The children have been working on their Sword Bible Memory verse for March, which is taken from Psalm 139 ESV.  For preschoolers, they are learning Psalm 139:4. For grades K-2, they are learning Psalm 139:1-4. And in 3rd grade, they are working on learning Psalm 139:1-8.  To see the verses printed out, you can click here and go to Sword Verse #3.  There is a song written by Keith and Kristyn Getty based on this psalm, if you wanted to play it for your kids.  It's called "You Have Searched Me", from their album North Coast Sessions. You can find it on Spotify. This will be our last week to work on this memory verse before beginning a new one for the month of April.  To see what that verse will be, look at Sword Verse #4 in the above link.

The New City Catechism Question for this week is Question #35 - “Since we are redeemed by grace alone, through faith alone, where does this faith come from?”  Answer - “From the Holy Spirit.” The biblical passage for this Q&A comes from Titus 3:1-7. The weekly memory verse for this age group is Titus 3:4-6.

An excellent object lesson for this lesson involves gathering the letters F-A-I-T-H.  The lesson suggests purchasing paper mache ones from a craft store. You could also use alphabet magnets, if you have some of those, or even make letters out of cardboard.  Put the letters into a box and wrap it in wrapping paper. Place a gift tag on the outside of the present, labeled: To: New Christian, From: The Holy Spirit. Show the present to your children and invite them to guess what might be inside.  Allow them to help you open it, to reveal the letters. See if they can put them in order to spell Faith. Explain to your children that faith is a free gift given to God’s children by the Holy Spirit. Just like they don’t have to do anything to earn a birthday present, it’s just given to them freely, so we don’t do anything to earn this faith, but the Holy Spirit gives it to us freely.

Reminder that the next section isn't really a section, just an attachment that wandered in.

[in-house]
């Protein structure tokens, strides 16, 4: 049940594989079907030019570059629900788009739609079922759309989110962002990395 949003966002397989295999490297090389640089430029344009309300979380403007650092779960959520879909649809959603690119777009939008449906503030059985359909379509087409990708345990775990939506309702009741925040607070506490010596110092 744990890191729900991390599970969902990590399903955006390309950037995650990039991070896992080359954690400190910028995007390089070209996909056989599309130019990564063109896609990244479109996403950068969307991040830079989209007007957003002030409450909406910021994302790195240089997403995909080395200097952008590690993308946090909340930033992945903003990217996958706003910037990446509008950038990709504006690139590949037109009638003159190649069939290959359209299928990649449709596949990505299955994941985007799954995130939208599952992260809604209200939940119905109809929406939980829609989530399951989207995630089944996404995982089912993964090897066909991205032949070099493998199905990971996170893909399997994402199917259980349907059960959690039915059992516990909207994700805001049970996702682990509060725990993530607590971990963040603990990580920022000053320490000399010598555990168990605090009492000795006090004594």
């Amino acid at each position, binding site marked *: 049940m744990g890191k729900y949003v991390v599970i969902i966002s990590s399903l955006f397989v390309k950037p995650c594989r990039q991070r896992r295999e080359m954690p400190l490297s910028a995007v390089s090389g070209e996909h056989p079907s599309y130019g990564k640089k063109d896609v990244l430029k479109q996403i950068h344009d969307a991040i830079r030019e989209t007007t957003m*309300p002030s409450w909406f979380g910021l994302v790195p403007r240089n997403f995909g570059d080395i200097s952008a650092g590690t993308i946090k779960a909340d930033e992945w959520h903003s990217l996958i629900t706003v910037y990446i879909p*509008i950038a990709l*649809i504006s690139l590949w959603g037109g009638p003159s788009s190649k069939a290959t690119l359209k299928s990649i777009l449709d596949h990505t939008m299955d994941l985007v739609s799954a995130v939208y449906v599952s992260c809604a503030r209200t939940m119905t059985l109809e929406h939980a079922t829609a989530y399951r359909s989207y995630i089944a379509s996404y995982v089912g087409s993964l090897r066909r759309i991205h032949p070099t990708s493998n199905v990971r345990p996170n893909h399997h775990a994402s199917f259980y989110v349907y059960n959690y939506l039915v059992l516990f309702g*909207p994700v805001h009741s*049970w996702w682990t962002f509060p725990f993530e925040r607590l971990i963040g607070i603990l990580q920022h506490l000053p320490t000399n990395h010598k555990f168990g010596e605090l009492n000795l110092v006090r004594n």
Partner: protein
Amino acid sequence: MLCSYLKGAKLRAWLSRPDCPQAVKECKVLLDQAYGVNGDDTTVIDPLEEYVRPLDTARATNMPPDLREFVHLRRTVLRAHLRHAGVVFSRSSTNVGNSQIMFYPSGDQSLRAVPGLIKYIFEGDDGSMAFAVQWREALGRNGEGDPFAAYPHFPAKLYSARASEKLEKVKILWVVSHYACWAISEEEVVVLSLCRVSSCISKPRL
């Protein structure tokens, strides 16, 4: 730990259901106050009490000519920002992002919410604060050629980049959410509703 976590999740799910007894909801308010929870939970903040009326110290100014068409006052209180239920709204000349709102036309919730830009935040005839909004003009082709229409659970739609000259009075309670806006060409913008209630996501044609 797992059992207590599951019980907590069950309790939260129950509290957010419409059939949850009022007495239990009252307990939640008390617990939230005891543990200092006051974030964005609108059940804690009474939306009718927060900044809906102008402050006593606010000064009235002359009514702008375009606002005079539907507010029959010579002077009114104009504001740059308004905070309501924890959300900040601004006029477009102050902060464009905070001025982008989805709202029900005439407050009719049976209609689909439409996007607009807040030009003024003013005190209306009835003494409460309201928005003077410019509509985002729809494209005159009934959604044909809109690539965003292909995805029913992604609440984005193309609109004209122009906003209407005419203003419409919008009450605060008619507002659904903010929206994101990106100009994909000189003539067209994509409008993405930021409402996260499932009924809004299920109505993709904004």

Along with the lesson this week, there is a word search for the kids to do, where they must search out words that Paul uses to describe who we used to be, apart from God.  To access the word search, click here.  After completing it, ask the children what they think of these words.  Do these words describe someone who deserves to be saved by God and granted faith by the Holy Spirit?  No, they do not. That’s because we don’t deserve God’s love and forgiveness, and yet, He offers it to us.  He is so good and gracious to us!

If you’d like to do a little catechism review or recap with your kids, you should have a booklet of the New City Catechism that was sent home with your child.  Or you can download the New City Catechism app for your phone or computer for free to see the questions and answers. There are even some songs on the app that help make memorization a little easier.

If you’re looking for other resources for ideas and activities you can do with your children to help them use their time to invest in God’s kingdom, here are some we recommend:

  • Joditt.com/free-christian-coloring-pages-adults/ (Despite these being adult coloring pages, many kids really enjoy the intricate designs, and these all have scriptures on them)
  • Spotify.com (If you haven’t yet listened to Ellie Holcomb’s new Sing:Remembering Songs album for kids, I highly recommend it.  Also listen to her first kid’s album, Sing: Creation Songs)
  • Youtube (look up Best Babies Laughing Video Compilation that runs 2:53, and spend some time thanking God for making babies and laughter.  Use this to tie in to the lesson about Isaac.)